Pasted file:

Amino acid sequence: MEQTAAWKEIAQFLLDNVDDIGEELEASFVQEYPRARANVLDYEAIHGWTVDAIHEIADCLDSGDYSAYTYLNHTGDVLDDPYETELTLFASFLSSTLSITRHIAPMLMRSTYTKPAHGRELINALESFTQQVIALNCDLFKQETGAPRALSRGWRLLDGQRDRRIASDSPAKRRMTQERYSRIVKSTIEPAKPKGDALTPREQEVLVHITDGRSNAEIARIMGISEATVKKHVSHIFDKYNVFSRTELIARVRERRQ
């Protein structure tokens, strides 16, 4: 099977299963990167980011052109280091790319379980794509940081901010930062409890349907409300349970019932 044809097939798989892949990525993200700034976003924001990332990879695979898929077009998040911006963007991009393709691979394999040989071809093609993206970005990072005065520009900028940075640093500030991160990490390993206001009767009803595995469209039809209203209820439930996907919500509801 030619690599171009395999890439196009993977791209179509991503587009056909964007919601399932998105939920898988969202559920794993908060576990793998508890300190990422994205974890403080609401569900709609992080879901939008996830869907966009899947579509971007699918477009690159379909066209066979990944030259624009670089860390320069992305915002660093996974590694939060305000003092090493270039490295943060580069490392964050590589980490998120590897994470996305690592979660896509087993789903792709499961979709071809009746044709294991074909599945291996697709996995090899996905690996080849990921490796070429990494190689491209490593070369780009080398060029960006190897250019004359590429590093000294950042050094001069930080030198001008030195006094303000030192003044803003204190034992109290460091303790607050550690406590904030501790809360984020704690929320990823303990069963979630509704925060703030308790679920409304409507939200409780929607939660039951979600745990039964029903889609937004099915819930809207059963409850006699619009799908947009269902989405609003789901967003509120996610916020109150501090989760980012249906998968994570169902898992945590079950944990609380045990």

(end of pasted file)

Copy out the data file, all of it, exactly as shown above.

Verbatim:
Amino acid sequence: MEQTAAWKEIAQFLLDNVDDIGEELEASFVQEYPRARANVLDYEAIHGWTVDAIHEIADCLDSGDYSAYTYLNHTGDVLDDPYETELTLFASFLSSTLSITRHIAPMLMRSTYTKPAHGRELINALESFTQQVIALNCDLFKQETGAPRALSRGWRLLDGQRDRRIASDSPAKRRMTQERYSRIVKSTIEPAKPKGDALTPREQEVLVHITDGRSNAEIARIMGISEATVKKHVSHIFDKYNVFSRTELIARVRERRQ
């Protein structure tokens, strides 16, 4: 099977299963990167980011052109280091790319379980794509940081901010930062409890349907409300349970019932 044809097939798989892949990525993200700034976003924001990332990879695979898929077009998040911006963007991009393709691979394999040989071809093609993206970005990072005065520009900028940075640093500030991160990490390993206001009767009803595995469209039809209203209820439930996907919500509801 030619690599171009395999890439196009993977791209179509991503587009056909964007919601399932998105939920898988969202559920794993908060576990793998508890300190990422994205974890403080609401569900709609992080879901939008996830869907966009899947579509971007699918477009690159379909066209066979990944030259624009670089860390320069992305915002660093996974590694939060305000003092090493270039490295943060580069490392964050590589980490998120590897994470996305690592979660896509087993789903792709499961979709071809009746044709294991074909599945291996697709996995090899996905690996080849990921490796070429990494190689491209490593070369780009080398060029960006190897250019004359590429590093000294950042050094001069930080030198001008030195006094303000030192003044803003204190034992109290460091303790607050550690406590904030501790809360984020704690929320990823303990069963979630509704925060703030308790679920409304409507939200409780929607939660039951979600745990039964029903889609937004099915819930809207059963409850006699619009799908947009269902989405609003789901967003509120996610916020109150501090989760980012249906998968994570169902898992945590079950944990609380045990």